Letter to the Editor
CO(4–3) and CO(7–6) maps of the nucleus of NGC 253
Max-Planck-Institut für Radioastronomie, Auf dem Hügel 69, 53121 Bonn, Germany e-mail: firstname.lastname@example.org
Accepted: 9 May 2006
Context.Molecular line excitation studies of the nuclei of nearby starburst galaxies yield important information on the starburst phenomena, in particular on the temperature and density of the star-forming gas. Such studies also provide templates for high redshift galaxies with even more extreme star formation.
Aims.Fundamental constraints on the physical properties in the nuclear regions of external galaxies can be derived from the spectral energy distribution (i.e., integrated flux density vs. rotational quantum number) of CO rotational emission arising from warm gas.
Methods.The resolution and sensitivity of the APEX telescope makes it feasible to perform spatially resolved studies of submillimeter (submm) CO emission from the warm, dense gas in nearby starburst nuclei. Using the FLASH dual-channel heterodyne receiver we mapped emission in the CO and 7-6 lines toward the archetypical nuclear starburst galaxy NGC 253.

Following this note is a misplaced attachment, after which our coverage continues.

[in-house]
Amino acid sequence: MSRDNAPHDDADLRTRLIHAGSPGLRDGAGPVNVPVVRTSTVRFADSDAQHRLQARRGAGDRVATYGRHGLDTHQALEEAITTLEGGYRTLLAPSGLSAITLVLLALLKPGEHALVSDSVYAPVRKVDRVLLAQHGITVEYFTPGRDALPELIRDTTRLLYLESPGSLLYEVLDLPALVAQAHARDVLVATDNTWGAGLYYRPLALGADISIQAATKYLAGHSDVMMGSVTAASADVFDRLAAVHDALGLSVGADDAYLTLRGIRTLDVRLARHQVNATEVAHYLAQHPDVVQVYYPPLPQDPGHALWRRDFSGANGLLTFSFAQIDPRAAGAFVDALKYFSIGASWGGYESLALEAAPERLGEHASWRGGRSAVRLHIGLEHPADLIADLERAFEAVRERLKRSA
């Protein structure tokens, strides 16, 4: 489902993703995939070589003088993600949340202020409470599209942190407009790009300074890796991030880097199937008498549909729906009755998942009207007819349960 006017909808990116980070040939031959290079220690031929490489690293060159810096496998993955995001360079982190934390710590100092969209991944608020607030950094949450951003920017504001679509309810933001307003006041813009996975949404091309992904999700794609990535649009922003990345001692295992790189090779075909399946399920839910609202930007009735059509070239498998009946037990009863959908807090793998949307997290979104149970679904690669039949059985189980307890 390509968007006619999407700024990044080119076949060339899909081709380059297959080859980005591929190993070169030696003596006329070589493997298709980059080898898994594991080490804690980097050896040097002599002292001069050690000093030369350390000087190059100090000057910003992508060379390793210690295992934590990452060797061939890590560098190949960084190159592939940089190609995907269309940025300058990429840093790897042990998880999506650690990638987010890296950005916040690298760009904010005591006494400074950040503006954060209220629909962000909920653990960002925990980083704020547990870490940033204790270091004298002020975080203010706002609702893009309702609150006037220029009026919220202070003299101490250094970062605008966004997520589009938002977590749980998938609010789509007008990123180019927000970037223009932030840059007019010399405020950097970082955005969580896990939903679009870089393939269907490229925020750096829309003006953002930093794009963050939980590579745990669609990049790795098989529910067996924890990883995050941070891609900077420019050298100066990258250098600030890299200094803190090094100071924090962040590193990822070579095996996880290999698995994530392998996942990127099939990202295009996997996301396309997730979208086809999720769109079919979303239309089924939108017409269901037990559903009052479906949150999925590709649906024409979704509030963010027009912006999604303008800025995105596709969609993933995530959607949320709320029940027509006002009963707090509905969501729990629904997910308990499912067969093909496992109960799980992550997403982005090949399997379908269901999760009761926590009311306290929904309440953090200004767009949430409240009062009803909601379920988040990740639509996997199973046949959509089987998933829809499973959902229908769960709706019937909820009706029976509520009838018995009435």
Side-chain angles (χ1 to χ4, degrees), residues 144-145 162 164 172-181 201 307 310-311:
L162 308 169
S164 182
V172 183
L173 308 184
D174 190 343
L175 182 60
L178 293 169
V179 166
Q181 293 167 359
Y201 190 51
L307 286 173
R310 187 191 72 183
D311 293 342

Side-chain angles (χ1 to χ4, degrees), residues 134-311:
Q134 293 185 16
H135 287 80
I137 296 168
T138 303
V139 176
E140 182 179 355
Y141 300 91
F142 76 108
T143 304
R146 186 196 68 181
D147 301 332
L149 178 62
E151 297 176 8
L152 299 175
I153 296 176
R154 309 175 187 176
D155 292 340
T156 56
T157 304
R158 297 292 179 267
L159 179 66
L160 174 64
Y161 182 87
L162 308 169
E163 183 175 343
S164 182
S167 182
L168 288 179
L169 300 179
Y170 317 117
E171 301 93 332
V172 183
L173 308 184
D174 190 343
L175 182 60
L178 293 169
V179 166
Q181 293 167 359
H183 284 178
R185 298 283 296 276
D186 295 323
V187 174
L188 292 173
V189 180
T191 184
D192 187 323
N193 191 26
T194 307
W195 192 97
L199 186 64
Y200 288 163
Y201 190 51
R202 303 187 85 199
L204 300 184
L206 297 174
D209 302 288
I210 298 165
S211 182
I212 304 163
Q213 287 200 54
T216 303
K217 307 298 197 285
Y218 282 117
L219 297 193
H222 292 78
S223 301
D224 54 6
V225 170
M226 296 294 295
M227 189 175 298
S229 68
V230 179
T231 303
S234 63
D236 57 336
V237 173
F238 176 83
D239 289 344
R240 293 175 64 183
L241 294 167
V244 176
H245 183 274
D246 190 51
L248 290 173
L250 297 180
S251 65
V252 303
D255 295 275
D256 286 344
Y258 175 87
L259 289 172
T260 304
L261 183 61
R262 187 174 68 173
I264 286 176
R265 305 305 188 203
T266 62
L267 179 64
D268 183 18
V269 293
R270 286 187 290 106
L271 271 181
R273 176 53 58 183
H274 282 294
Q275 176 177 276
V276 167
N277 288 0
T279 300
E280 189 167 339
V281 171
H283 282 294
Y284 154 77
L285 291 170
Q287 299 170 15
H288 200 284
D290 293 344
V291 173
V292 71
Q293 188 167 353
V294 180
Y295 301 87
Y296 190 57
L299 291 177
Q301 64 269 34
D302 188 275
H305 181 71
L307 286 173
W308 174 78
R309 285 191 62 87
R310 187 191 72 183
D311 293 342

Results.Combining our new observations with data from the literature, we derive the CO line SED in the central 250 pc of NGC 253, which peaks near the 6-5 transition and has a shape very similar to that of M 82. All CO transitions in the central region can well be fitted with a single temperature/density Large Velocity Gradient (LVG) model. A good match to the observations is found by assuming kinetic gas temperatures that are comparable to the dust temperature (Tkin K) and a H2 density of order 104 cm-3.
Conclusions.Our very first APEX submm study of a nearby starburst nucleus (NGC 253) meaningfully constrains the physical properties of the star-forming molecular gas it contains. With broader band spectrometers and a chopping secondary coming soon, the impact of APEX on extragalactic astrophysics will be foreseeably significant.
Key words: ISM: molecules / galaxies: nuclei / galaxies: starburst
© ESO, 2006